One girl, Erica, aged 14, was marching with her mother and little sisters. When asked, she shared, “I march for those who may not look like me, or come from the same place, who still deserve the same rights, yet don’t have them.” Another woman, Amiya, aged 22, sporting the iconic pink hat swiftly stated, “I march for the future.” Junior Jessica Muck shared, “I march for human rights.” She continued, expressing why she believes the march is important. “It’s an opportunity to come together and give people some faith in humanity, that not everyone is sitting back and watching this all happen.”

Although the march addressed serious topics, it was also a very fun and welcoming environment. Many people wore bright pink hats, and hundreds of people carried signs. The variety was astounding; they were funny, poignant, hand painted, printed, made on huge placards or just on pieces of construction paper. Perhaps amongst the most powerful were the simple cardboard signs, with #metoo clearly written in print, for the world to see. The hashtag referred to the movement that occurred over social media, where woman shared their experiences of sexual harassment and abuse in an effort to show victims that they were not alone in their pain. There were several of these signs, and they served as a reminder to why the march was so important. The solidarity of women gave survivors the strength to stand tall, hold these posters, speak their truth, and seek justice.

Outside of Trump Tower, staff of the hotel stood on the steps, surveying the crowd. Although their main concern was ushering people in and out of the hotel, they were visibly interested in the march. Two doormen stood, smiling, as the crowd, somewhat jokingly, began chanting, “S***hole! S***hole!,” a reference to the comments President Trump made about African countries and those who immigrate from them. Another popular chant was a simple, “Hey hey, Ho ho, racist Trump has got to go!”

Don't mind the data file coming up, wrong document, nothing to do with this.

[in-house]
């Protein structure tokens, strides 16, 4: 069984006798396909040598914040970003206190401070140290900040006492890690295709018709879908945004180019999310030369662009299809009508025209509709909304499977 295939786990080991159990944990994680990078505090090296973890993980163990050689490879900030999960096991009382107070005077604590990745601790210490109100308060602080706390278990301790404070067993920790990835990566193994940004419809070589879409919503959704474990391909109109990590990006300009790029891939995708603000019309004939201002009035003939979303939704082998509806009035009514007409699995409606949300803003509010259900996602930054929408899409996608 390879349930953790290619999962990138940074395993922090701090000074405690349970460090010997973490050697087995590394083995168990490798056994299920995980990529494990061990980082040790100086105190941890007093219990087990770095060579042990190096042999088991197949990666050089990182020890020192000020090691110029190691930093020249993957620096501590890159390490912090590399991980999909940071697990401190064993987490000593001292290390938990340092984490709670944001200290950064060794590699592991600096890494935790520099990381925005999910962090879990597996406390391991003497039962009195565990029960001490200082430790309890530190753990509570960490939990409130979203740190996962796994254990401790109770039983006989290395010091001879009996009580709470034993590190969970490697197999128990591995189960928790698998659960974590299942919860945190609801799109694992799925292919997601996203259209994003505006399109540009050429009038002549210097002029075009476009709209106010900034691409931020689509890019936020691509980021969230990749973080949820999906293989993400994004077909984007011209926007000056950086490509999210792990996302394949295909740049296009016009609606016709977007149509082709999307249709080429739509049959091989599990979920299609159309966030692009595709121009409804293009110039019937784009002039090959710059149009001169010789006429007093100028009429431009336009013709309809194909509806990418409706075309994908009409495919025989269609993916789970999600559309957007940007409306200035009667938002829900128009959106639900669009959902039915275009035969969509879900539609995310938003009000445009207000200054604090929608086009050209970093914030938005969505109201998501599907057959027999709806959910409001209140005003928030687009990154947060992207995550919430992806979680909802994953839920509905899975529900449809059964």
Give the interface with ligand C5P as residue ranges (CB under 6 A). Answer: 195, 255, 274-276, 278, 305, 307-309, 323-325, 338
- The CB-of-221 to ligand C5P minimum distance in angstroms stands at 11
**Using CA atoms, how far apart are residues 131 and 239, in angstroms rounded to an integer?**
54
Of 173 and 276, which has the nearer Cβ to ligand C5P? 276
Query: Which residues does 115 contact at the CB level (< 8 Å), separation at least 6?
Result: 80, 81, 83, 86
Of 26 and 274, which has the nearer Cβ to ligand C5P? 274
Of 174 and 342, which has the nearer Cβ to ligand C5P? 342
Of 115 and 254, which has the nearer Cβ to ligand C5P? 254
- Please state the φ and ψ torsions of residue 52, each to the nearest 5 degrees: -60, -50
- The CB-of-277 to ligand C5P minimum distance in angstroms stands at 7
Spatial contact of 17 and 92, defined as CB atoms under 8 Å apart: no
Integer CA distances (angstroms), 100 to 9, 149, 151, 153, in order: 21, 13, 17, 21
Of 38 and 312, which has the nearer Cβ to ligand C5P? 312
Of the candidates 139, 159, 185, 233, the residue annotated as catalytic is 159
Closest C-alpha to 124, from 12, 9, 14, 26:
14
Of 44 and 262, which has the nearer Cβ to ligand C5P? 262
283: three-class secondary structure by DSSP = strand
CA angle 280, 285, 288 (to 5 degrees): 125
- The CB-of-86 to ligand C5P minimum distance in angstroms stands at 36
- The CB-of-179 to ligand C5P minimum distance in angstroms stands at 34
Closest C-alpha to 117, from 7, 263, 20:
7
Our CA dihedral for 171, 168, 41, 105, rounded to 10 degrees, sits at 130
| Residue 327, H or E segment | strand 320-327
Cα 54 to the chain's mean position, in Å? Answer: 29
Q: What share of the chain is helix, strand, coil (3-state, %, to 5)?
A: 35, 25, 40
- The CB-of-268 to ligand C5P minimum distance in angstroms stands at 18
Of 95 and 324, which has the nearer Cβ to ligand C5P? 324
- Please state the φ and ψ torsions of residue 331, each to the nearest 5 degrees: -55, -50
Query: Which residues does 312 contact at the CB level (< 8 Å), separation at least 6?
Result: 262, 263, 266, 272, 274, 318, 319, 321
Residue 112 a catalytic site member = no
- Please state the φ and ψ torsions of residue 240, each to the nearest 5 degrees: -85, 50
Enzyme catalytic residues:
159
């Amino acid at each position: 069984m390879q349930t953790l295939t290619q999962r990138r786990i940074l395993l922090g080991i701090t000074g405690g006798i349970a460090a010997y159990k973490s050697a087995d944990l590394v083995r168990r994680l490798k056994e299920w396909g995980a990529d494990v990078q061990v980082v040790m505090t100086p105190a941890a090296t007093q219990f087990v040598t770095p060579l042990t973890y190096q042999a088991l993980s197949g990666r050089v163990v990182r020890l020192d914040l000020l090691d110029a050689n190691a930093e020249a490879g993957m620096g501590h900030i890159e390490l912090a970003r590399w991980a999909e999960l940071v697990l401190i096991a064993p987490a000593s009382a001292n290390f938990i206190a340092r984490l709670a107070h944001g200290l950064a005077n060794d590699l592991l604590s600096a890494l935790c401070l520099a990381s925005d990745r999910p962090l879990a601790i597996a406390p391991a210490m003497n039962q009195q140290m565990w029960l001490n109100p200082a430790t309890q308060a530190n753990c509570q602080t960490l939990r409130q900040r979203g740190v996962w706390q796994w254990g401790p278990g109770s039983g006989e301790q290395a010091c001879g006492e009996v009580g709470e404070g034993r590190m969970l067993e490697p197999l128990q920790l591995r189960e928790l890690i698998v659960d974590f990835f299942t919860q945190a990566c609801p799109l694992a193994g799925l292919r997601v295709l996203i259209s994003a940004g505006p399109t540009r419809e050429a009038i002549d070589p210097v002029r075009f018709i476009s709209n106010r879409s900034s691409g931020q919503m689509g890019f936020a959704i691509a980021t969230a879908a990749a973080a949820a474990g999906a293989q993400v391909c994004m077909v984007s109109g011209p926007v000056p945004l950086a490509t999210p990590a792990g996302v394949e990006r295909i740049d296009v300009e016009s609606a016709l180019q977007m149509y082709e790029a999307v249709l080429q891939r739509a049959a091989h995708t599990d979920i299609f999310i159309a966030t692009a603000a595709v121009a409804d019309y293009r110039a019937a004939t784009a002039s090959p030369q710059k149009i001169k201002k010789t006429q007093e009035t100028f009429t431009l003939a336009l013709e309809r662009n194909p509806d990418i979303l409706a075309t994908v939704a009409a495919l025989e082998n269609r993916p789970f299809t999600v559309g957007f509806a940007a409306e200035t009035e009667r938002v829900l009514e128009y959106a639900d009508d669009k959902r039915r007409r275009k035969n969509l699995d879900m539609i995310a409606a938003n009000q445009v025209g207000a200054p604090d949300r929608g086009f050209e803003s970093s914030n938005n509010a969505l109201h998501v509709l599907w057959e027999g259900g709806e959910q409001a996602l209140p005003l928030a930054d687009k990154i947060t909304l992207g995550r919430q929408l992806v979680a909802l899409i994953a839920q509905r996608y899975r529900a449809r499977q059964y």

However, although these actions were clearly targeted toward the President and his administration, most of the march was not. The camaraderie between women was at the center of the day. Complete strangers reminisced about past marches on the subway, helped one another with directions, took pictures with and complemented one another’s posters, and chanted in unity as they marched. It was as if the whole city was teeming with positivity, with women uplifting each other.

In the end, although it was a day meant to shed light on the struggles of women and to express outrage at the current administration, above all else it was a day honoring love. Love for women, love for immigrants, love for the LGBT community, and love for solidarity and the freedom to assemble and protest. Ahead of me, a man offered an NYPD officer standing behind a barricade a Women’s March pin, and he took it. When asked about whether there was any conflict regarding the march, the officer shook his head. “No, it’s been all peaceful, all love.” He looked out at the crowd, a sea of women, and men, and children, of bright pink hats and colorful posters. “All peace and love.”